Watch Robbie Robertson Play ‘The Weight’ With Ringo Starr and Musicians Across Five Continents

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Robbie Robertson on the Power of ‘The Weight’ During the Pandemic. Powerful stuff here folks.

In 1968, the Band recorded “The Weight,” a song full of images and characters that Robbie Robertson said he had been storing in his imagination for years. Robertson admits in his autobiography, Testimony, that he struggled to articulate to producer John Simon what the song was even about, but it’s become the Band’s most well-known classic, and it still echoes loudly today. Playing for Change, a group dedicated to “opening up how people see the world through the lens of music and art,” recently spent two years filming artists around the world, from Japan to Bahrain to Los Angeles, performing the song. Robertson takes part, and so does Ringo Starr. Web traffic for the video has surged in recent days as the world confronts the coronavirus, and it has been a top story on READ THE INTERVIEW HERE.

“What key is it in, Robbie?” Ringo Starr, sitting behind a drum set, asks Robbie Robertson over the phone. Ringo nods. “F-demented!” What happens next is a joyous cover of “The Weight,” with Robertson reprising the recording’s soulful intro lick. A series of musicians from all over the world – Marcus King, Lukas Nelson, the Japanese guitar virtuoso Char, Congo soul singer Mermens Mosengo and more – all add their own flavor to the classic from different locations.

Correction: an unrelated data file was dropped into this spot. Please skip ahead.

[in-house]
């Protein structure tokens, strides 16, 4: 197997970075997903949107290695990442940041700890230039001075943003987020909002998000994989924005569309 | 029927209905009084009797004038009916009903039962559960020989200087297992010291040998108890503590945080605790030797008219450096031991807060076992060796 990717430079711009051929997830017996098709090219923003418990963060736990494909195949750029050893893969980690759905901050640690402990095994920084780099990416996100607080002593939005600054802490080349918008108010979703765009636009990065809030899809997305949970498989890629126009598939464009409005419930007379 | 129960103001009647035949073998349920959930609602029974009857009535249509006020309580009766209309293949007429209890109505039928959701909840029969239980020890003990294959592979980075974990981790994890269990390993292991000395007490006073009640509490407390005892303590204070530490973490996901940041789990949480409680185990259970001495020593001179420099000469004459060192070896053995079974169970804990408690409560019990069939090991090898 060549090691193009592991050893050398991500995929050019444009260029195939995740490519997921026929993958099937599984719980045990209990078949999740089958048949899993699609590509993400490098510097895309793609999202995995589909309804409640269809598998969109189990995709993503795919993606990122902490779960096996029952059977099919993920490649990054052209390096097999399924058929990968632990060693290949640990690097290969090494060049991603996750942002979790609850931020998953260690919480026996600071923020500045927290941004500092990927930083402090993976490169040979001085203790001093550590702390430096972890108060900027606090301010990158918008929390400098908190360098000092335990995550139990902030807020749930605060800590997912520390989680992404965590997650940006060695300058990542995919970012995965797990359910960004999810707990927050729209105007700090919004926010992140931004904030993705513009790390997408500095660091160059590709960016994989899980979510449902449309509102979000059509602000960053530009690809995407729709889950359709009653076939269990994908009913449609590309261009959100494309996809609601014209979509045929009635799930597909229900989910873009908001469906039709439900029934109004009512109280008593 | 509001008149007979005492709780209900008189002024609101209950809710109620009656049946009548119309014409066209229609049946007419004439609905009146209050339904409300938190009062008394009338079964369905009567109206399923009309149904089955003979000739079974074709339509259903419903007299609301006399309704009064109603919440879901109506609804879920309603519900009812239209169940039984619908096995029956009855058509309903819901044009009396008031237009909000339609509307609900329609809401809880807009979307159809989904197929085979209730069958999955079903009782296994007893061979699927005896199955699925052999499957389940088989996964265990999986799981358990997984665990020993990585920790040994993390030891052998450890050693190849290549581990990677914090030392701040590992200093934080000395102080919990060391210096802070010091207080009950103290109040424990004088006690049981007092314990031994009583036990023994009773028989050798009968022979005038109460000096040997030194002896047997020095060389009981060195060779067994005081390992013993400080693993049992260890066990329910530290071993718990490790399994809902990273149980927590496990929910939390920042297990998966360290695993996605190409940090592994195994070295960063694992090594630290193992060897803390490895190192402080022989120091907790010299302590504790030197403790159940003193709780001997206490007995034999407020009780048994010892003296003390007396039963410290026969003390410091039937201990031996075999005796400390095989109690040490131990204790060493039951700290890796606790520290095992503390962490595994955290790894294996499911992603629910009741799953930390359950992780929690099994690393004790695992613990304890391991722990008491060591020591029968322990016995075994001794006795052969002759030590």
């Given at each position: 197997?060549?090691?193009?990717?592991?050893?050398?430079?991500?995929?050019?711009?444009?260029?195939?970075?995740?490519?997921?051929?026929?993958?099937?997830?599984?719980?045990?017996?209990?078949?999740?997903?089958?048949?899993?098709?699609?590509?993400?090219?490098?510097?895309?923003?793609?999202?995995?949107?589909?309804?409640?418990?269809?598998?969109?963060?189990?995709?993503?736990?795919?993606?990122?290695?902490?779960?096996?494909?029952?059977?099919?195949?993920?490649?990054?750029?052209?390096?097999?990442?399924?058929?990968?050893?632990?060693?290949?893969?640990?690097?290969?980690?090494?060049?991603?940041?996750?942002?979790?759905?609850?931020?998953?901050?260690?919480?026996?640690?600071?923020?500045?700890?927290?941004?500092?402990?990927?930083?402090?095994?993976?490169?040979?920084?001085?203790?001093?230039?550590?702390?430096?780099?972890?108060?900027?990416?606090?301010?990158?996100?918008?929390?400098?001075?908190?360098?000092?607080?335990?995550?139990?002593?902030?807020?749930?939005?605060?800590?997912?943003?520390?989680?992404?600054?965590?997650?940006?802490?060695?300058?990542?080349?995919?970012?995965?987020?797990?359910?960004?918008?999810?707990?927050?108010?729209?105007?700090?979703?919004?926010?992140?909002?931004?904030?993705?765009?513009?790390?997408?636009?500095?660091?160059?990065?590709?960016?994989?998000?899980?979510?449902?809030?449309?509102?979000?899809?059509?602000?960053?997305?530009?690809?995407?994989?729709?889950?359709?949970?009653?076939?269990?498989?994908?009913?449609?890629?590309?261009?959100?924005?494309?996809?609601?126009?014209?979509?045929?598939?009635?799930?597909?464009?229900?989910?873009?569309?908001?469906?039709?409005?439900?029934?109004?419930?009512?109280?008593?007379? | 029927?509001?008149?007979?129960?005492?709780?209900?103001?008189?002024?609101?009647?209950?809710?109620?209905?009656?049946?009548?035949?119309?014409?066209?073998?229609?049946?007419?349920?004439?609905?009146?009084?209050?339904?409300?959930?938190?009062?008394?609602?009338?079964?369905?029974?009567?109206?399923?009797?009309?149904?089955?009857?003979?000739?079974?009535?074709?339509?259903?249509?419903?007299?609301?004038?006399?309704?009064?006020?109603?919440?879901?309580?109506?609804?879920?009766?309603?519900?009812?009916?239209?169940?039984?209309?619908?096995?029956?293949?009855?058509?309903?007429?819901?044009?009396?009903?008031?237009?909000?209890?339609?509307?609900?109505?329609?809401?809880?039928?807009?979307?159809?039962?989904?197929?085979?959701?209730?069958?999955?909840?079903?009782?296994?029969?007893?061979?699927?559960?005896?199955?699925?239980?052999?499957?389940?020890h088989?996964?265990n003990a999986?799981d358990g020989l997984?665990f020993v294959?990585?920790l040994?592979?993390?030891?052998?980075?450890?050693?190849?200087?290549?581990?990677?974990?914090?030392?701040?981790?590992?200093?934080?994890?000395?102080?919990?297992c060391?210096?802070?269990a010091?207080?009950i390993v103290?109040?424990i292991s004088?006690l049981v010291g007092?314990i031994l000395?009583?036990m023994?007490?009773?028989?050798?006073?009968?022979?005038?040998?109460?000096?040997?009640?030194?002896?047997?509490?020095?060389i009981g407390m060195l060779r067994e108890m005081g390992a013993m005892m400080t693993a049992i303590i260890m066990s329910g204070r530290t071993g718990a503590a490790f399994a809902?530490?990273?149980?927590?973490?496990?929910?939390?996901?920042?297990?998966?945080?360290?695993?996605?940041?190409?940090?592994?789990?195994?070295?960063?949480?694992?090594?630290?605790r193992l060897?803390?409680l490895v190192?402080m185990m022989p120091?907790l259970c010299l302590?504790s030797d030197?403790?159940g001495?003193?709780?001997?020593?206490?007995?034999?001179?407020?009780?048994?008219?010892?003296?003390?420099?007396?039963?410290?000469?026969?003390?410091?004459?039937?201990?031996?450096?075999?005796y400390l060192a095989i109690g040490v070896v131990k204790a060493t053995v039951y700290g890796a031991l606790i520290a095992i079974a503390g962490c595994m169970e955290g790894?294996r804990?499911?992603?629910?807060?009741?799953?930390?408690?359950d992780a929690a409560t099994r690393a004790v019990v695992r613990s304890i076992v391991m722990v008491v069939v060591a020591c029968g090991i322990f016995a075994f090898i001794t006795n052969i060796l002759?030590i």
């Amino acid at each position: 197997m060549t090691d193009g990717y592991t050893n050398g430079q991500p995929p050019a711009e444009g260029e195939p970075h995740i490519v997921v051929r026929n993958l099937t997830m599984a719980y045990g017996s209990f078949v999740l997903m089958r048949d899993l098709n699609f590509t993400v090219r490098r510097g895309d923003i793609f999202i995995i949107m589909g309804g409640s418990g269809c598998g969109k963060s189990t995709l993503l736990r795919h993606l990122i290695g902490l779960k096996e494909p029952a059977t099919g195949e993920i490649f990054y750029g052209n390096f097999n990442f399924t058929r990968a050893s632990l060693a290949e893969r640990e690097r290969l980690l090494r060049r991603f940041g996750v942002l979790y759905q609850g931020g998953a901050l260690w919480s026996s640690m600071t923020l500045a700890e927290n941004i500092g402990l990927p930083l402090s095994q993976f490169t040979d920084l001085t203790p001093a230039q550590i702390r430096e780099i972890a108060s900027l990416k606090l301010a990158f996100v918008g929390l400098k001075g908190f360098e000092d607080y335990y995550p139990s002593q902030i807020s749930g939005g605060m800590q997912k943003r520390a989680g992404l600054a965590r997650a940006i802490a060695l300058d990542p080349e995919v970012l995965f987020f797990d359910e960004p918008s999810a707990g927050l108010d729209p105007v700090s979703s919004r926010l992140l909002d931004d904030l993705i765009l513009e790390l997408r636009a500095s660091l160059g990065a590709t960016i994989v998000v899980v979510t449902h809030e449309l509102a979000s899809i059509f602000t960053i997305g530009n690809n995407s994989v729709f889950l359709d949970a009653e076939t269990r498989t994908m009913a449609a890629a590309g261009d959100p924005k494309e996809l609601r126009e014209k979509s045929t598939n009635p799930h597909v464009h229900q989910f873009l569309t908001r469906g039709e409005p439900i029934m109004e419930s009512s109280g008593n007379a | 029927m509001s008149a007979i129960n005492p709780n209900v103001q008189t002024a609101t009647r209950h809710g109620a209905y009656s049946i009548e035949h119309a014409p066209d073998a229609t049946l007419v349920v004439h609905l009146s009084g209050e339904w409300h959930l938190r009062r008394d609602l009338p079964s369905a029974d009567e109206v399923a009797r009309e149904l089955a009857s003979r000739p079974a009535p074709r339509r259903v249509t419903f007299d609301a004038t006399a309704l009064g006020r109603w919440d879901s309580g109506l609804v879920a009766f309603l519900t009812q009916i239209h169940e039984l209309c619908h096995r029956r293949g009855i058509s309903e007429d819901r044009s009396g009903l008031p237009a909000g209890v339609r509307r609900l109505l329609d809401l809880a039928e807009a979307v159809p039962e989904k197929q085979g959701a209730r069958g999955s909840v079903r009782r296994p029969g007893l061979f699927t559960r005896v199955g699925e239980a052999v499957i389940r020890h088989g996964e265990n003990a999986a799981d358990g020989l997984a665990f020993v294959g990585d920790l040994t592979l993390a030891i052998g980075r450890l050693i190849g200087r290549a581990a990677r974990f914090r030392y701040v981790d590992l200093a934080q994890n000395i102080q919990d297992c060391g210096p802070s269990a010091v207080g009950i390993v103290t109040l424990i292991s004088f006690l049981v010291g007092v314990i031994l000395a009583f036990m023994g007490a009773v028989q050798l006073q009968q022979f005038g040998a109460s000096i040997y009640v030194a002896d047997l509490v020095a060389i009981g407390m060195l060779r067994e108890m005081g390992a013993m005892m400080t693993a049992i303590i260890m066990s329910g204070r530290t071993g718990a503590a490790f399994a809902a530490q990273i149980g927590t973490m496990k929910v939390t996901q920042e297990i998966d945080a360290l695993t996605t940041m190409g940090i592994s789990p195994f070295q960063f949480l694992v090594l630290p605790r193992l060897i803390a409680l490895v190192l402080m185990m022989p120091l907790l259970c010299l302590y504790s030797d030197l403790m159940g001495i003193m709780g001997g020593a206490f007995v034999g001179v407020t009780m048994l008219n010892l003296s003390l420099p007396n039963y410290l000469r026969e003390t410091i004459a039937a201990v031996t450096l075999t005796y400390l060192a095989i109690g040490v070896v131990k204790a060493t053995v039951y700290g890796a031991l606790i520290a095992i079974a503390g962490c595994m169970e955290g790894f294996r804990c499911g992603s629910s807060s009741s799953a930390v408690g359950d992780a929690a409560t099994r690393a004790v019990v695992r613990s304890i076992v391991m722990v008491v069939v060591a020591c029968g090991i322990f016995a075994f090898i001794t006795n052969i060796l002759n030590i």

The project comes from Playing For Change, a group dedicated to “breaking down the boundaries and overcome distances between people.”  That includes schools 15 music schools across 11 countries, documentaries and viral videos bringing artists from different cultures together; the group has released videos for “Redemption Song,” “What’s Going On” and more. “The Weight” was done on an epic scale, a year and a half of production over five continents. “We made it brick by brick, starting with Robbie,” says co-founder Mark Johnson, a Grammy-winning producer-engineer who’s worked with Paul Simon, Keith Richards and more. “That’s what makes this special. We could never have never assembled this group in the studio. You need to go there, and then when you go there, you’re where they feel comfortable. You hear that in the music.”

We spoke to Robertson, who called from his home in L.A., about the video, how he’s been self-isolating, plus other projects, including his work on the next Martin Scorsese film, a Stage Fright box set, and his recent appearance at a Last Waltz tribute concert in Nashville late last year.


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